The Dormitory Authority of the State of New York could issue bonds on behalf of state school districts under the qualified school construction bond program, a new federal program that allocates $22 billion of bond volume cap nationwide over two years for tax-credit bonds.

State Division of Budget spokesman Jeffrey Gordon confirmed in an e-mail that the issue was under discussion but didn't offer more details.

"We're still in the process of talking with DOB to develop a program for New York State's share," DASNY spokesman Paul Burgdorf said, referring to the $192 million QSCB allocation for the state as a whole.

School districts have long had the option of selling bonds on their own or through DASNY's pooled school district building aid revenue bond program.

The state Department of Education is developing regulations for the program that will go to the New York State Board of Regents for approval following a public comment period. The board is a governing body that oversees primary, secondary, and higher education in the state.

"Since it's stimulus money, we're going to try to get an emergency adoption, get something moving in June and July," said Carl Thurnau, director of facilities at the Education Department. "That way, districts can get applications in to us but we won't have that process available until it is approved by the regents."

The Education Department won't make QSCB allocations to school districts until after the application and evaluation process has been approved, Thurnau said.

The federal program was created in the American Recovery and Reinvestment Act of 2009 and allows school districts to sell bonds that give the investor federal tax credits instead of interest. The issuer pays only the principal on the bonds. The QSCBs were created alongside the expansion of the existing Qualified Zone Academy Bond tax-credit program.

The QSCB program was allocated $11 billion in 2009 and will be allocated the same amount next year. New York received four allocations for 2009. The $192 million state allocation excludes three cities that received separate allocations because they were among the top 100 largest school districts in the nation.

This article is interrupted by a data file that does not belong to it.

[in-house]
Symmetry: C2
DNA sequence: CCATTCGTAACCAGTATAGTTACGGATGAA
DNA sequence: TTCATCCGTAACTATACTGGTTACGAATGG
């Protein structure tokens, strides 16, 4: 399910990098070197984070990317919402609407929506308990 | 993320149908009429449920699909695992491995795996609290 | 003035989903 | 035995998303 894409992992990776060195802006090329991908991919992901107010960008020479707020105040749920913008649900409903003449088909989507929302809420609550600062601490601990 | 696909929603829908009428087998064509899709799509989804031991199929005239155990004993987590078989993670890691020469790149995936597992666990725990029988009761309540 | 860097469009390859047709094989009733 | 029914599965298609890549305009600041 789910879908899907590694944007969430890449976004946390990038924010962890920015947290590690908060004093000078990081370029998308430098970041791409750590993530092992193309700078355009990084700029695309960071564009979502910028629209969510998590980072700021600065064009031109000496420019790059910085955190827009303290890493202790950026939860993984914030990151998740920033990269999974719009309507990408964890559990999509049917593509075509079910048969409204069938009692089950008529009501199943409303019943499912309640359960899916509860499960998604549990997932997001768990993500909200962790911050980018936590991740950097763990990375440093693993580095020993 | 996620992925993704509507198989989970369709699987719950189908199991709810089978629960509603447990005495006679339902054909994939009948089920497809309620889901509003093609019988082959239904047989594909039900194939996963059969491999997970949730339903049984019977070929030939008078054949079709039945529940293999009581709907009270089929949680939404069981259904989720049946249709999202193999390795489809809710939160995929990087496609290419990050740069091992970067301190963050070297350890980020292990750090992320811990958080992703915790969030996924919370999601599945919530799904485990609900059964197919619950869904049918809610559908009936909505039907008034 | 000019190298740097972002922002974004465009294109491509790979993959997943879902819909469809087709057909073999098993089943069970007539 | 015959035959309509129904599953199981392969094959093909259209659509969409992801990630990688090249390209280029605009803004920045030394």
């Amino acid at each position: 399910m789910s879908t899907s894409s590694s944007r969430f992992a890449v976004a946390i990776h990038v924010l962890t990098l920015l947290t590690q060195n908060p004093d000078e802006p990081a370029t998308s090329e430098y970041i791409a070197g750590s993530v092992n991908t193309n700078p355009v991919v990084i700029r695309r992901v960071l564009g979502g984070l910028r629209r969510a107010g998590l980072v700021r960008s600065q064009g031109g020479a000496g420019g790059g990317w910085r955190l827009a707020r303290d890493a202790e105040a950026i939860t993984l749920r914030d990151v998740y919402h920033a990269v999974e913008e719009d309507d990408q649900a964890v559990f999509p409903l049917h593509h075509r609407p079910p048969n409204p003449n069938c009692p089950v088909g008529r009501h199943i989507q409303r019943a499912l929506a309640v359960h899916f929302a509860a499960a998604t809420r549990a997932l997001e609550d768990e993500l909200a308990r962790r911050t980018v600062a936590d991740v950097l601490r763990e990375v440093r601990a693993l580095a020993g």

New York City was allocated $699.9 million and has already announced plans to get in the market after the U.S. Treasury provides guidance on how the tax credits can be stripped from the bonds' principal payments. Buffalo was allocated $34.4 million and Rochester was allocated $29.5 million.

Charles Bastian, a financial consultant at Bernard P. Donegan Inc. whose clients include upstate school districts, said that they are still waiting to find out what kind of QSCB allocation districts can expect.

"It's certainly on the radar screen," Bastian said. "Once that allocation comes out from the state Department of Education, that's going to start the ball rolling for a lot of folks."

The size of the allocation could make a big difference for districts deciding whether or not to jump into a new program and a new taxable market.

"If there are some districts with some very small allocations, the paperwork process could be overwhelming for the issue size," Bastian said.

With the clock ticking, there's not much time to get the deals together by the end of the year.

"We've already lost half a year here on this year's allocation so there's not a lot of time left," Bastian said. "We cannot issue any bonds until you've gotten state Education Department approval."

Rochester doesn't expect to use its full allocation this year, said Jim Fenton, senior director of operations for the Rochester city school district.

"The question for us this year is timing," Fenton said. "It doesn't look like we're going to be able to use them right away."

The school district may have been able to delay a $12 million issuance in December had they known last year that this option was coming, he said.

"Construction planning happens years in advance," he said. "Next year we have some time so we can definitely plan around that."

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